Is a PBT admissible against me?
If you are facing drinking and driving charges there is a good chance that the Preliminary Breath Test (or PBT for short) was part of or the sole reason for your arrest.
After the arrest is made you will be asked to submit to a blood draw or a DataMaster breath test which is admissible.
Preliminary Breath Test
The preliminary breath test is a search performed during drinking and driving, minor in possession, and other alcohol related investigations. In most cases, you will be asked or told to submit to a field sobriety test or ordered to. The officer must have some amount of probable cause to believe that you have committed an alcohol related offense in order to order you to submit to a PBT.
Be careful, the officer can “ask” you to submit to a PBT which can give him enough probable cause to arrest you even when they do not have enough probable cause to require you to take the test. Consent is a search exception. I put “ask” in quotes because it’s amazing how an officer’s orders will be interpreted by the prosecution as a “request to consent” and not an order.
You can quickly eliminate any ambiguity by simply asking the officer if they are ordering you to take the test or asking you to consent. Remember; always be polite when talking with the police.
PBT as evidence of guilt
You can bet that if you take a PBT the results will end up in the police report and will be read by the judge or magistrate when setting bond.
The results of the PBT will be admissible if your lawyer raises a legal issue challenging whether or not there was enough probable cause to arrest you.
The PBT results can be raised by the prosecution to rebut evidence presented by you at trial that your blood alcohol level was actually lower when blood was drawn or breath was taken from the DataMaster.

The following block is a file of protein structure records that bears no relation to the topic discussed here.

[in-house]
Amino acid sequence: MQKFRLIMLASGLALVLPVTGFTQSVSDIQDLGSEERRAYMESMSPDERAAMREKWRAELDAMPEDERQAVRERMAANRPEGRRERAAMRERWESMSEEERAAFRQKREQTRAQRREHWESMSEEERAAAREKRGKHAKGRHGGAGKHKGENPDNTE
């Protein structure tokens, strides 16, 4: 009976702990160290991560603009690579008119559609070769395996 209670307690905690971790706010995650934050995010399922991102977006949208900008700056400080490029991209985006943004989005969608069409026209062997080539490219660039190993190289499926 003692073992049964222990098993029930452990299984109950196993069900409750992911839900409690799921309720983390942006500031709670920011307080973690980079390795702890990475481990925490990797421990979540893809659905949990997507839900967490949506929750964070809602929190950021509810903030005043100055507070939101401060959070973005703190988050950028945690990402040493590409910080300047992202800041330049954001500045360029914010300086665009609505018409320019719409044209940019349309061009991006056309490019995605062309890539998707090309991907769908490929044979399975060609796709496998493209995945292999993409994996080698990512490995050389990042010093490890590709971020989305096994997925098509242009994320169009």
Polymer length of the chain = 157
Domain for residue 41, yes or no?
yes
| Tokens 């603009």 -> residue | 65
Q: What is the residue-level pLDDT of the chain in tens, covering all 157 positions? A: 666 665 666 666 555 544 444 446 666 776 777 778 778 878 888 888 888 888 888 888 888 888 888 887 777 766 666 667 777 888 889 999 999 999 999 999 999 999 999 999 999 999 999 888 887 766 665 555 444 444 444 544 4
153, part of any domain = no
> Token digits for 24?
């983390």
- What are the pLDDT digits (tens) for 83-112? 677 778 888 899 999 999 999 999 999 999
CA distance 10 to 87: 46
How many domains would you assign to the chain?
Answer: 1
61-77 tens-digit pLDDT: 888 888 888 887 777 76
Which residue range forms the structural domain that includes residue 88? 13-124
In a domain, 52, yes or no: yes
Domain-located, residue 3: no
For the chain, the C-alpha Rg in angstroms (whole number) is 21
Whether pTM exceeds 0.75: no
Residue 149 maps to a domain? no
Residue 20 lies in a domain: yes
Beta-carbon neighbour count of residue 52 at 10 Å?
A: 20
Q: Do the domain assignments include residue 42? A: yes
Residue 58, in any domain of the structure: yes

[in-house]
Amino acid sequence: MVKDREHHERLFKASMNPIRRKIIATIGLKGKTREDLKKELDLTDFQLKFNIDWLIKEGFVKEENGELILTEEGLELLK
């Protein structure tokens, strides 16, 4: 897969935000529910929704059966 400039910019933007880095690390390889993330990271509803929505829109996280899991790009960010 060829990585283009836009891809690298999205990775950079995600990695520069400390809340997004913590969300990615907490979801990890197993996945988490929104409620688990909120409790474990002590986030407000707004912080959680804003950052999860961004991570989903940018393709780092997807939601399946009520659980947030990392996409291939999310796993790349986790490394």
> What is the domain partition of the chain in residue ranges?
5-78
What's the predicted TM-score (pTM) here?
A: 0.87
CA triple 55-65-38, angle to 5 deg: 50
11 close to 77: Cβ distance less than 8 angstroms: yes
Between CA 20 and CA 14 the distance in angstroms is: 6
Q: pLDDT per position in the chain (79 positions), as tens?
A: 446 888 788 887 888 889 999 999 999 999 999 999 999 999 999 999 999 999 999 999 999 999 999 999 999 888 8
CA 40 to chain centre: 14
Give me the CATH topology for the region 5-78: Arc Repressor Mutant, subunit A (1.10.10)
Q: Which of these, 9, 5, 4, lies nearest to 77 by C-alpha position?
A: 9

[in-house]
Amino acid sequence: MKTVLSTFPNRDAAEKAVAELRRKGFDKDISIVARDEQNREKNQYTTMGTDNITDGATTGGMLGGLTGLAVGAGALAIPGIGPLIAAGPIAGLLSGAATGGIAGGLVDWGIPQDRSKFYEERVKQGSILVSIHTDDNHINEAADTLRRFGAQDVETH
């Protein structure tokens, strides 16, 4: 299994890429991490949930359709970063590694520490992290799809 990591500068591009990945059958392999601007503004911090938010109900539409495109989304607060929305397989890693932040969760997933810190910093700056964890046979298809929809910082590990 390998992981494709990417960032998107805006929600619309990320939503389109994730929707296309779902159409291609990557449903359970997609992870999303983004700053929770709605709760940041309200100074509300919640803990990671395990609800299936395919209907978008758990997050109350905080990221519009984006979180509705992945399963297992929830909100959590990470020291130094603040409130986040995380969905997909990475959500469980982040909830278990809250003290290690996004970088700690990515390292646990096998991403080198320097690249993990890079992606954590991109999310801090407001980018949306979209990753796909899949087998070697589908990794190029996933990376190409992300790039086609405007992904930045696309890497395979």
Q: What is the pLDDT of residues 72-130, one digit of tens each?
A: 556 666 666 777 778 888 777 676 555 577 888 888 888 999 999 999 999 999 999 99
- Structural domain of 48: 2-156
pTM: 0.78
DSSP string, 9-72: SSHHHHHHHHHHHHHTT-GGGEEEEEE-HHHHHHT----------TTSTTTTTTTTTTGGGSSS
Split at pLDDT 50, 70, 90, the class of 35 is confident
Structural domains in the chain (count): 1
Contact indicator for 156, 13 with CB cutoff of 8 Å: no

For example, many people will try to argue that their last drink did not hit them until after they were driving and pulled over, so they didn’t actually break the law. Because of the way alcohol metabolizes in the blood it is very possible that while driving they were not over an .08 BAC but became over a .08 BAC while they were being investigated by the police. Obviously, a jury will only be willing to accept this defense if you would have made it where you were going without the alcohol hitting you within the time it took the officer to do his investigation.
So, if the DataMaster was a .081 and your lawyer argues that your blood alcohol was rising and didn’t peak until you took the DataMaster then the prosecution would be able to introduce the PBT if it were higher than the DataMaster results.
Michigan DUI Lawyer
Trying to explain a fairly complicated DUI issue that is contained within multiple MCL’s and Court opinions and condense it into a page is no easy task. If this blog was as clear as mud feel free to contact Michigan DUI lawyer, Aaron J. Boria today for a free consultation (734) 453-7806.
We fight for our clients and we get results.